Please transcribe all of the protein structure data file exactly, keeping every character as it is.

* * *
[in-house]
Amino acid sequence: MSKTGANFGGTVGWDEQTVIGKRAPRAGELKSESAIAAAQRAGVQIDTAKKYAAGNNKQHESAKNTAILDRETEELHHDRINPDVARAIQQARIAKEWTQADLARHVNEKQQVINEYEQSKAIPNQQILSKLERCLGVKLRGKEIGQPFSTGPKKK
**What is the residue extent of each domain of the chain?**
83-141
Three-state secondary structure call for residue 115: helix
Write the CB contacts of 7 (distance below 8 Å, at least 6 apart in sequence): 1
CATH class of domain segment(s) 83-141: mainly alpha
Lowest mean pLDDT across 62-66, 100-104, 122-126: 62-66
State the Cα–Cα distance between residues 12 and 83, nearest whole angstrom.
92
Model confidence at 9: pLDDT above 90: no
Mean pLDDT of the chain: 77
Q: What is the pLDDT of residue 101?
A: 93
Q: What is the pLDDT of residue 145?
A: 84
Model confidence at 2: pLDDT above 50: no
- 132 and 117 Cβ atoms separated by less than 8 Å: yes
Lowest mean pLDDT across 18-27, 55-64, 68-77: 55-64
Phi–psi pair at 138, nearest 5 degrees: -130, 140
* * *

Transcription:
[in-house]
Amino acid sequence: MSKTGANFGGTVGWDEQTVIGKRAPRAGELKSESAIAAAQRAGVQIDTAKKYAAGNNKQHESAKNTAILDRETEELHHDRINPDVARAIQQARIAKEWTQADLARHVNEKQQVINEYEQSKAIPNQQILSKLERCLGVKLRGKEIGQPFSTGPKKK
**What is the residue extent of each domain of the chain?**
83-141
Three-state secondary structure call for residue 115: helix
Write the CB contacts of 7 (distance below 8 Å, at least 6 apart in sequence): 1
CATH class of domain segment(s) 83-141: mainly alpha
Lowest mean pLDDT across 62-66, 100-104, 122-126: 62-66
State the Cα–Cα distance between residues 12 and 83, nearest whole angstrom.
92
Model confidence at 9: pLDDT above 90: no
Mean pLDDT of the chain: 77
Q: What is the pLDDT of residue 101?
A: 93
Q: What is the pLDDT of residue 145?
A: 84
Model confidence at 2: pLDDT above 50: no
- 132 and 117 Cβ atoms separated by less than 8 Å: yes
Lowest mean pLDDT across 18-27, 55-64, 68-77: 55-64
Phi–psi pair at 138, nearest 5 degrees: -130, 140